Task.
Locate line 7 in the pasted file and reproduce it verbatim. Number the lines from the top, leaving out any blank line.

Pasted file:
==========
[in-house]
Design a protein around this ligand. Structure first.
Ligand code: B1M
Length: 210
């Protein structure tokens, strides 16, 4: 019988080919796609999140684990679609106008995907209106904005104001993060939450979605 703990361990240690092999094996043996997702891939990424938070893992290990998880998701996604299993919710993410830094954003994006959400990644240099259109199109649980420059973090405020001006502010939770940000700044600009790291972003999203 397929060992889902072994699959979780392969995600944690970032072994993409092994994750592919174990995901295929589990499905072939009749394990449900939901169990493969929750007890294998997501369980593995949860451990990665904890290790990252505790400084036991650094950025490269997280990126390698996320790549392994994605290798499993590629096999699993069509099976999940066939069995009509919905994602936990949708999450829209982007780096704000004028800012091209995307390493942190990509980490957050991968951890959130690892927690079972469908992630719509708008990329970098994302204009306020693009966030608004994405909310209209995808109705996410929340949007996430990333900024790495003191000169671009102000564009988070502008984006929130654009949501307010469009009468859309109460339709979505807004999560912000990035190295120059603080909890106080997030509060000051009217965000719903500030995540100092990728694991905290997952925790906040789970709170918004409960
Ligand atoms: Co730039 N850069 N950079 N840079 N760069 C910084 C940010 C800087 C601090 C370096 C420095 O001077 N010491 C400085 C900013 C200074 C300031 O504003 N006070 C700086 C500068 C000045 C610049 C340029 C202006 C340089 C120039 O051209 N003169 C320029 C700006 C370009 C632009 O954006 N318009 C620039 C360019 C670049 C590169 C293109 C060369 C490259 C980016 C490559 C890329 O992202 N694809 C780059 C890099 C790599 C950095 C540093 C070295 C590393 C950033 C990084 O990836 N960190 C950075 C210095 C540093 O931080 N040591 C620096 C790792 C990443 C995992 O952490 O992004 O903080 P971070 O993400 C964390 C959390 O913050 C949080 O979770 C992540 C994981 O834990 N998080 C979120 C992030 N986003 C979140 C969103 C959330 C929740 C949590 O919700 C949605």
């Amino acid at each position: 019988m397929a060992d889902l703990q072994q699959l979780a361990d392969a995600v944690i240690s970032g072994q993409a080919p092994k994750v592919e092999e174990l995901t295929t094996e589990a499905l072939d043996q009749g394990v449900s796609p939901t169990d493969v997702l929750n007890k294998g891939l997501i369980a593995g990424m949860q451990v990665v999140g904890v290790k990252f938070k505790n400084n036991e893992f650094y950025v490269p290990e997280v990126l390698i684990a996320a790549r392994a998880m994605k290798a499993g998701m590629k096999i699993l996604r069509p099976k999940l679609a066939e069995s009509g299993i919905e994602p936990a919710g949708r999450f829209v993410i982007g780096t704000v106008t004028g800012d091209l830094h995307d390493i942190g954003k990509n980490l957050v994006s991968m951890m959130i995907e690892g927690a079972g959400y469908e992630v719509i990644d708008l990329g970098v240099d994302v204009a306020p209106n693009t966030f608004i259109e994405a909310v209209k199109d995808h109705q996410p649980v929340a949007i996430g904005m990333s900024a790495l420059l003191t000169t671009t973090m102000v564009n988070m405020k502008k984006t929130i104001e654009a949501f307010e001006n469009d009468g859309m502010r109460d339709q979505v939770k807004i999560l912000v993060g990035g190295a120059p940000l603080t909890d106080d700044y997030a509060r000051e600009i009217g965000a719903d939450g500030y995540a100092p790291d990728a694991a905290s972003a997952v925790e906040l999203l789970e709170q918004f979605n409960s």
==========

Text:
């Amino acid at each position: 019988m397929a060992d889902l703990q072994q699959l979780a361990d392969a995600v944690i240690s970032g072994q993409a080919p092994k994750v592919e092999e174990l995901t295929t094996e589990a499905l072939d043996q009749g394990v449900s796609p939901t169990d493969v997702l929750n007890k294998g891939l997501i369980a593995g990424m949860q451990v990665v999140g904890v290790k990252f938070k505790n400084n036991e893992f650094y950025v490269p290990e997280v990126l390698i684990a996320a790549r392994a998880m994605k290798a499993g998701m590629k096999i699993l996604r069509p099976k999940l679609a066939e069995s009509g299993i919905e994602p936990a919710g949708r999450f829209v993410i982007g780096t704000v106008t004028g800012d091209l830094h995307d390493i942190g954003k990509n980490l957050v994006s991968m951890m959130i995907e690892g927690a079972g959400y469908e992630v719509i990644d708008l990329g970098v240099d994302v204009a306020p209106n693009t966030f608004i259109e994405a909310v209209k199109d995808h109705q996410p649980v929340a949007i996430g904005m990333s900024a790495l420059l003191t000169t671009t973090m102000v564009n988070m405020k502008k984006t929130i104001e654009a949501f307010e001006n469009d009468g859309m502010r109460d339709q979505v939770k807004i999560l912000v993060g990035g190295a120059p940000l603080t909890d106080d700044y997030a509060r000051e600009i009217g965000a719903d939450g500030y995540a100092p790291d990728a694991a905290s972003a997952v925790e906040l999203l789970e709170q918004f979605n409960s």